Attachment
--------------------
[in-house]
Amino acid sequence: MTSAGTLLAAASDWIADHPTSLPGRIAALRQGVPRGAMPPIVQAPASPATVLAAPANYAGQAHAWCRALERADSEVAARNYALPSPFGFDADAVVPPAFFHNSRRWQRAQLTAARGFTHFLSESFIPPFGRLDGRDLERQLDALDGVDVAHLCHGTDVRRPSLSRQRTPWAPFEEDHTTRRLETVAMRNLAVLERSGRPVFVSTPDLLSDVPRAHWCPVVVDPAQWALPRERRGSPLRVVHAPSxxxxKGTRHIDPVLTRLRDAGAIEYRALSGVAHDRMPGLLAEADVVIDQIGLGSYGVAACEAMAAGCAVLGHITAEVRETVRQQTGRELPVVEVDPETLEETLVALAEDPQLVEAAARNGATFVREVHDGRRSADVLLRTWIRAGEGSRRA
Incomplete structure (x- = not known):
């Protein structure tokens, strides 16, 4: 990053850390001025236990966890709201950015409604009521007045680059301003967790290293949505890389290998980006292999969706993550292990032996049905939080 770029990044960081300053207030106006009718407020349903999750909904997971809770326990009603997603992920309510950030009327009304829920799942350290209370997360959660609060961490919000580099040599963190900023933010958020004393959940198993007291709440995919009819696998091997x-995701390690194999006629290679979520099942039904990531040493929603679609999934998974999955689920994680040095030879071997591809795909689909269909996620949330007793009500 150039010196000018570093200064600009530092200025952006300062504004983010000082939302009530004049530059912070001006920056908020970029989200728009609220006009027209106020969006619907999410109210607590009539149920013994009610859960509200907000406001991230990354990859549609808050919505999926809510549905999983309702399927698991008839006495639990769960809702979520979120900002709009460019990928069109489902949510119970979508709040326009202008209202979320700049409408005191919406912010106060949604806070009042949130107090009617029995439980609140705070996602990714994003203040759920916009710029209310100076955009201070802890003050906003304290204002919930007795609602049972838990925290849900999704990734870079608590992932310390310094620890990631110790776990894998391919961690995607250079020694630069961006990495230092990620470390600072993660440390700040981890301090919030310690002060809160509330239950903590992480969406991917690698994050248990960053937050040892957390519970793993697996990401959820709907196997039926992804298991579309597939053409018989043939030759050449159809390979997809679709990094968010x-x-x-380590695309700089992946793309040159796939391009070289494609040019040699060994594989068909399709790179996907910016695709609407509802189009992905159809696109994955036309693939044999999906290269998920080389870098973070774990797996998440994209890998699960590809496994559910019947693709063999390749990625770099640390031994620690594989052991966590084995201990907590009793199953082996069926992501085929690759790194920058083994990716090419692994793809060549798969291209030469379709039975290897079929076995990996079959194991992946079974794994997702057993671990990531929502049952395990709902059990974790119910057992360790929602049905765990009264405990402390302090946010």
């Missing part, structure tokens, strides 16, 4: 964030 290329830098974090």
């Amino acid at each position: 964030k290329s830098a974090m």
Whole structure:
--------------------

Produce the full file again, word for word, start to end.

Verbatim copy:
[in-house]
Amino acid sequence: MTSAGTLLAAASDWIADHPTSLPGRIAALRQGVPRGAMPPIVQAPASPATVLAAPANYAGQAHAWCRALERADSEVAARNYALPSPFGFDADAVVPPAFFHNSRRWQRAQLTAARGFTHFLSESFIPPFGRLDGRDLERQLDALDGVDVAHLCHGTDVRRPSLSRQRTPWAPFEEDHTTRRLETVAMRNLAVLERSGRPVFVSTPDLLSDVPRAHWCPVVVDPAQWALPRERRGSPLRVVHAPSxxxxKGTRHIDPVLTRLRDAGAIEYRALSGVAHDRMPGLLAEADVVIDQIGLGSYGVAACEAMAAGCAVLGHITAEVRETVRQQTGRELPVVEVDPETLEETLVALAEDPQLVEAAARNGATFVREVHDGRRSADVLLRTWIRAGEGSRRA
Incomplete structure (x- = not known):
């Protein structure tokens, strides 16, 4: 990053850390001025236990966890709201950015409604009521007045680059301003967790290293949505890389290998980006292999969706993550292990032996049905939080 770029990044960081300053207030106006009718407020349903999750909904997971809770326990009603997603992920309510950030009327009304829920799942350290209370997360959660609060961490919000580099040599963190900023933010958020004393959940198993007291709440995919009819696998091997x-995701390690194999006629290679979520099942039904990531040493929603679609999934998974999955689920994680040095030879071997591809795909689909269909996620949330007793009500 150039010196000018570093200064600009530092200025952006300062504004983010000082939302009530004049530059912070001006920056908020970029989200728009609220006009027209106020969006619907999410109210607590009539149920013994009610859960509200907000406001991230990354990859549609808050919505999926809510549905999983309702399927698991008839006495639990769960809702979520979120900002709009460019990928069109489902949510119970979508709040326009202008209202979320700049409408005191919406912010106060949604806070009042949130107090009617029995439980609140705070996602990714994003203040759920916009710029209310100076955009201070802890003050906003304290204002919930007795609602049972838990925290849900999704990734870079608590992932310390310094620890990631110790776990894998391919961690995607250079020694630069961006990495230092990620470390600072993660440390700040981890301090919030310690002060809160509330239950903590992480969406991917690698994050248990960053937050040892957390519970793993697996990401959820709907196997039926992804298991579309597939053409018989043939030759050449159809390979997809679709990094968010x-x-x-380590695309700089992946793309040159796939391009070289494609040019040699060994594989068909399709790179996907910016695709609407509802189009992905159809696109994955036309693939044999999906290269998920080389870098973070774990797996998440994209890998699960590809496994559910019947693709063999390749990625770099640390031994620690594989052991966590084995201990907590009793199953082996069926992501085929690759790194920058083994990716090419692994793809060549798969291209030469379709039975290897079929076995990996079959194991992946079974794994997702057993671990990531929502049952395990709902059990974790119910057992360790929602049905765990009264405990402390302090946010």
């Missing part, structure tokens, strides 16, 4: 964030 290329830098974090």
């Amino acid at each position: 964030k290329s830098a974090m």
Whole structure: